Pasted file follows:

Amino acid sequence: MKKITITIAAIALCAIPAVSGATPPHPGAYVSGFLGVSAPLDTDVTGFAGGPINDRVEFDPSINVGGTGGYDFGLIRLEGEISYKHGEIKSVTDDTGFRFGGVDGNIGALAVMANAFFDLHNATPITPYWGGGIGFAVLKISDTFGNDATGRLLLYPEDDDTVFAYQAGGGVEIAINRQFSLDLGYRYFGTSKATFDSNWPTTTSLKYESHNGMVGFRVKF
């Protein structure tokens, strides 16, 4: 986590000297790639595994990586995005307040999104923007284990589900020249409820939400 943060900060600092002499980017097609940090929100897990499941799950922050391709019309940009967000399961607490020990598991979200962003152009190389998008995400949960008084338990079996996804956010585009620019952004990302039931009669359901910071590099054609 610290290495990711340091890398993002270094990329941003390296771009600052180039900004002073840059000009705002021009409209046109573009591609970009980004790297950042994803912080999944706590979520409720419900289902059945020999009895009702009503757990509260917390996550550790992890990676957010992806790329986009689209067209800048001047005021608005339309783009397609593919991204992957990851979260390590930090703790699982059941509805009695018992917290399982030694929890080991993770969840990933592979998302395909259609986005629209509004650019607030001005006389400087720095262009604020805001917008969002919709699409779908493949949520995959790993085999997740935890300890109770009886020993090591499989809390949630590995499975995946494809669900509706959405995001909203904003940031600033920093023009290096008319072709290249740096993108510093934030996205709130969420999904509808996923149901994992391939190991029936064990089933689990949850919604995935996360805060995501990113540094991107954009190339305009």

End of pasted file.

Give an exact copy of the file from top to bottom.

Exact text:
Amino acid sequence: MKKITITIAAIALCAIPAVSGATPPHPGAYVSGFLGVSAPLDTDVTGFAGGPINDRVEFDPSINVGGTGGYDFGLIRLEGEISYKHGEIKSVTDDTGFRFGGVDGNIGALAVMANAFFDLHNATPITPYWGGGIGFAVLKISDTFGNDATGRLLLYPEDDDTVFAYQAGGGVEIAINRQFSLDLGYRYFGTSKATFDSNWPTTTSLKYESHNGMVGFRVKF
């Protein structure tokens, strides 16, 4: 986590000297790639595994990586995005307040999104923007284990589900020249409820939400 943060900060600092002499980017097609940090929100897990499941799950922050391709019309940009967000399961607490020990598991979200962003152009190389998008995400949960008084338990079996996804956010585009620019952004990302039931009669359901910071590099054609 610290290495990711340091890398993002270094990329941003390296771009600052180039900004002073840059000009705002021009409209046109573009591609970009980004790297950042994803912080999944706590979520409720419900289902059945020999009895009702009503757990509260917390996550550790992890990676957010992806790329986009689209067209800048001047005021608005339309783009397609593919991204992957990851979260390590930090703790699982059941509805009695018992917290399982030694929890080991993770969840990933592979998302395909259609986005629209509004650019607030001005006389400087720095262009604020805001917008969002919709699409779908493949949520995959790993085999997740935890300890109770009886020993090591499989809390949630590995499975995946494809669900509706959405995001909203904003940031600033920093023009290096008319072709290249740096993108510093934030996205709130969420999904509808996923149901994992391939190991029936064990089933689990949850919604995935996360805060995501990113540094991107954009190339305009």